Oh yeah, about Soccer Week
I got to reminiscing about Soccer Week when I interviewed Liepa for my obit on J.P. It’s been 28 years since the publication went out of business, but I had plenty of memories there, especially with the staff.
For many of you not in the New York-New Jersey-Connecticut soccer community who were around in those days, I should give you a bit of a history of the newspaper.
Started in 1977 during the New York Cosmos soccer boom and Pele’s retirement year, Soccer Week became the must-read publication for soccer fans in the metropolitan area. After all, it had coverage of local (professional, amateur and youth), national (national team and the U.S. Soccer Federation) and international (thanks to a Reuters wire machine in the office) soccer.
This was well before the internet as we know it.
For many years, the Soccer Week offices were based in Massapequa Park, N.Y., across the street from the Long Island Railroad Station (loved that when I had to journey into the city), and a long free kick from the famous Massapequa Soccer and Sport Shop. The offices eventually moved to Rockville Centre, N.Y., across the street for yet another training station.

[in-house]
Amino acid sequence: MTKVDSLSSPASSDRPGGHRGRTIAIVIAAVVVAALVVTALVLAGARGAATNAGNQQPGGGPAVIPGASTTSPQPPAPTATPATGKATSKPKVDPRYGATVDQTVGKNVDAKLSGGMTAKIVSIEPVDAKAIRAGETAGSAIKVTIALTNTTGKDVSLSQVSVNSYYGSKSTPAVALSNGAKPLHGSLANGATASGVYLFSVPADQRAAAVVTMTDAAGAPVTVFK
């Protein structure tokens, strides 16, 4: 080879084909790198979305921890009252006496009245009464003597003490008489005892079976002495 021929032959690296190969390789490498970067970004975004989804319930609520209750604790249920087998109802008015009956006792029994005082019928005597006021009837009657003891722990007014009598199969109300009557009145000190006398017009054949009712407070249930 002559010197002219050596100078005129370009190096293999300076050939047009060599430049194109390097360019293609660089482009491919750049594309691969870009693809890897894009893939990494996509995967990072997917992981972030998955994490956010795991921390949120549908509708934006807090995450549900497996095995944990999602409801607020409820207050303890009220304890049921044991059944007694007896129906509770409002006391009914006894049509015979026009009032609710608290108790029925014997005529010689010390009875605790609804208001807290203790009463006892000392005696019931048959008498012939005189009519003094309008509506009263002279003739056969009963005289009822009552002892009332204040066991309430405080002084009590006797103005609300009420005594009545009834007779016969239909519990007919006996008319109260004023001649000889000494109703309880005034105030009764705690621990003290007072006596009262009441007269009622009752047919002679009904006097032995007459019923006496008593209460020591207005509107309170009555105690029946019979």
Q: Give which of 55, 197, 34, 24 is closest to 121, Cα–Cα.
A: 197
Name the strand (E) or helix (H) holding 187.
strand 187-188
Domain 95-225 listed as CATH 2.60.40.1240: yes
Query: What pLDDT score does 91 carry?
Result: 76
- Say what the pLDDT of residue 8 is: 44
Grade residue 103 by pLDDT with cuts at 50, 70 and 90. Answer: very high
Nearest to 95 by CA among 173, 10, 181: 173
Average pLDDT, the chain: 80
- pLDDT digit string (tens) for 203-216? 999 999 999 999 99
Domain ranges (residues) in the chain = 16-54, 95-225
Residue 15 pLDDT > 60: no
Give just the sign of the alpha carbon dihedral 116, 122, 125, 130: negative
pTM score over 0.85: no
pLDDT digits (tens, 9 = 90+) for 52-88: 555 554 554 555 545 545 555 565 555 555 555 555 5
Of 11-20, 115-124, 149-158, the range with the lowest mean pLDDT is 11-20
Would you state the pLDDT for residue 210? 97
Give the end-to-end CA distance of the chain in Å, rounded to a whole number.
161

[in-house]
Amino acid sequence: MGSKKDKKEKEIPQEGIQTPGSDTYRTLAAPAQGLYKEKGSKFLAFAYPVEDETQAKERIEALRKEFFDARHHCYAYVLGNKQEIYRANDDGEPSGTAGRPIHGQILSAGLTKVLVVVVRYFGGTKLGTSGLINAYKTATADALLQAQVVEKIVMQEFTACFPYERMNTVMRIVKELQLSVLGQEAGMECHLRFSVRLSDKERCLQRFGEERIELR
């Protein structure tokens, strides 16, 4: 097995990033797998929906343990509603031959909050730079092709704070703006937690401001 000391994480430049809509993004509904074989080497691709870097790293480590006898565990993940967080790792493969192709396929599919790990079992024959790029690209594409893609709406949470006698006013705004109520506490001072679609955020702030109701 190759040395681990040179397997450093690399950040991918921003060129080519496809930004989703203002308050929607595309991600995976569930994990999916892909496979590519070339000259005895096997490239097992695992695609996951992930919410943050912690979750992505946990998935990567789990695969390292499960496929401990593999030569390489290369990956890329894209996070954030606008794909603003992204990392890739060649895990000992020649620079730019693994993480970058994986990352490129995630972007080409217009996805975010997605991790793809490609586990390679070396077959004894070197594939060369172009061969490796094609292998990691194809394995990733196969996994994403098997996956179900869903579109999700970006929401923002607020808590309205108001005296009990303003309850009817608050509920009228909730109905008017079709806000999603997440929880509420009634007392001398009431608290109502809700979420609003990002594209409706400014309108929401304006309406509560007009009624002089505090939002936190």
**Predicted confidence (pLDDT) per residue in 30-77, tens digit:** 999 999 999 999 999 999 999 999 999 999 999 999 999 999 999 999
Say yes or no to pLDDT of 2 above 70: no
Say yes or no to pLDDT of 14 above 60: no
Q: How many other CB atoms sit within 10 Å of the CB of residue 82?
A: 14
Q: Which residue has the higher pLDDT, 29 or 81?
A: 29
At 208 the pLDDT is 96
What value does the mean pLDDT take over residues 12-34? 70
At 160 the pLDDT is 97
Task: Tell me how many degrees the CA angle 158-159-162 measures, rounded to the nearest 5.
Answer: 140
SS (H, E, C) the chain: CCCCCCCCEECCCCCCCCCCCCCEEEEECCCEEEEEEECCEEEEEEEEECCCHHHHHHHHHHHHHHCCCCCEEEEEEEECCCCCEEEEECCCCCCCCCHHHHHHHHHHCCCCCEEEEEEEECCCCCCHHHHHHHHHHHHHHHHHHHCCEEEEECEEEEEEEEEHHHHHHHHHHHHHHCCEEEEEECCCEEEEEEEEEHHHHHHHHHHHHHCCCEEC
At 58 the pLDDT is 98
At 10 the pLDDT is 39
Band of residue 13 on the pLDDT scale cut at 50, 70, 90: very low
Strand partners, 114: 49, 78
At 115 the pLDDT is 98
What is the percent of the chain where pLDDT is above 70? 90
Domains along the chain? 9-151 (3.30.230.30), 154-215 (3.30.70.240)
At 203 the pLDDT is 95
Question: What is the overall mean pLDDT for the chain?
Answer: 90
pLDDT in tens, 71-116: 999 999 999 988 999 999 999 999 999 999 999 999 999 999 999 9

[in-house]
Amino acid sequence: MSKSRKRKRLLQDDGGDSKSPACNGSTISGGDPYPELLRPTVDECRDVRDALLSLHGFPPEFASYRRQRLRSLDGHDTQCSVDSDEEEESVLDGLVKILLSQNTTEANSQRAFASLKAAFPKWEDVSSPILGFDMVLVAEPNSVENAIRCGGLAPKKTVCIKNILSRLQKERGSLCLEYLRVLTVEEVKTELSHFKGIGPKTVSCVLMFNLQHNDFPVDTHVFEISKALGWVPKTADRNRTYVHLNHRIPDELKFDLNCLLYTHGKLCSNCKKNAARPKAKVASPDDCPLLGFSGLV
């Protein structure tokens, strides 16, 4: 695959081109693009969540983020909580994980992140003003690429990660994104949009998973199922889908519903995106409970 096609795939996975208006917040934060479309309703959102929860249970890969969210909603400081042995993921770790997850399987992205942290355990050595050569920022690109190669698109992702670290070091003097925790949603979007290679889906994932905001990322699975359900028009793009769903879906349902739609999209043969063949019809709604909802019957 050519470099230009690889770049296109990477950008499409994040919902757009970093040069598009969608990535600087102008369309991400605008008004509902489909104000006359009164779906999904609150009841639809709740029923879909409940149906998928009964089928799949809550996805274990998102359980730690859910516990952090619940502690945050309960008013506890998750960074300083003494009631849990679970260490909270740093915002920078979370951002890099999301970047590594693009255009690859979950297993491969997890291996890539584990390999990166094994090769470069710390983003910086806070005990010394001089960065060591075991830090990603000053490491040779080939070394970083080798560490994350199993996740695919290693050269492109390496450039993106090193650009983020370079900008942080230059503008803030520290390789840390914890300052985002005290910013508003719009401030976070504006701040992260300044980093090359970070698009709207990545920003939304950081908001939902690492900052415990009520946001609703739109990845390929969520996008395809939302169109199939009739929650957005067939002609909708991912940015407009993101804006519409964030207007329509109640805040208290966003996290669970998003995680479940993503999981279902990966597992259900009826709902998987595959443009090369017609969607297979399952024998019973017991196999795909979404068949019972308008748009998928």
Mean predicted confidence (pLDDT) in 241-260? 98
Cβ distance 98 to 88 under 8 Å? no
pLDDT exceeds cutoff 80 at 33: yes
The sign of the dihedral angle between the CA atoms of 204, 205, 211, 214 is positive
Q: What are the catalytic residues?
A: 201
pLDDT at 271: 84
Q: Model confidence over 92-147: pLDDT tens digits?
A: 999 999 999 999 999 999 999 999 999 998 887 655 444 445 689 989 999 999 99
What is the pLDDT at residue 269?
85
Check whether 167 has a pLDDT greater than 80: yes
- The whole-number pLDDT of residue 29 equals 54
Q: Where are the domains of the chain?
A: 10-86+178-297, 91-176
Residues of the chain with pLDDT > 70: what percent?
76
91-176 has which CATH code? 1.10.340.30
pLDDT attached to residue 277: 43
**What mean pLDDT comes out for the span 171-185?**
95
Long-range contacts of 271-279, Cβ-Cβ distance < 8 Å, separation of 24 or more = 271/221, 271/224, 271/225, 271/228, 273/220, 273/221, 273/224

The staff was small, but talented.
While we got paid for our work, we would never get rich. Heck, it was a pittance of what we deserved. But it was work for many os us and we got to write about our favorite sport on a regular basis.
Dennis O’Donnell and Carol Tepedino O’Donnell were the husband-wife dynamic duo that were the original editors way back in the day. They were followed by John Valenti, Marshall Lubin, Bob Liepa, yours truly, and Patrick Horne.
The O’Donnel’ls moved to Rochester as Dennis became the sports information director at the University of Rochester, a position from which he recently retired. Valenti and Lubin moved onto to long careers at Newsday. Liepa also worked at Newsday, but forged a reputation as one of the best sportswriters-editors in New York State as the sports editor of the Suffolk Times and Riverview News-Review.
Horne, who has coached several college soccer teams in the metro area, wrote a book – Black Pioneers of the North American Soccer League (1968-84).
After a stint as editor and publisher of Soccer Week, I went onto to become editor at Soccer Magazine, a national publican and was the New York Daily News soccer columnist at the same time. I also wrote for Newsday and The Guardian, among many other freelance gigs.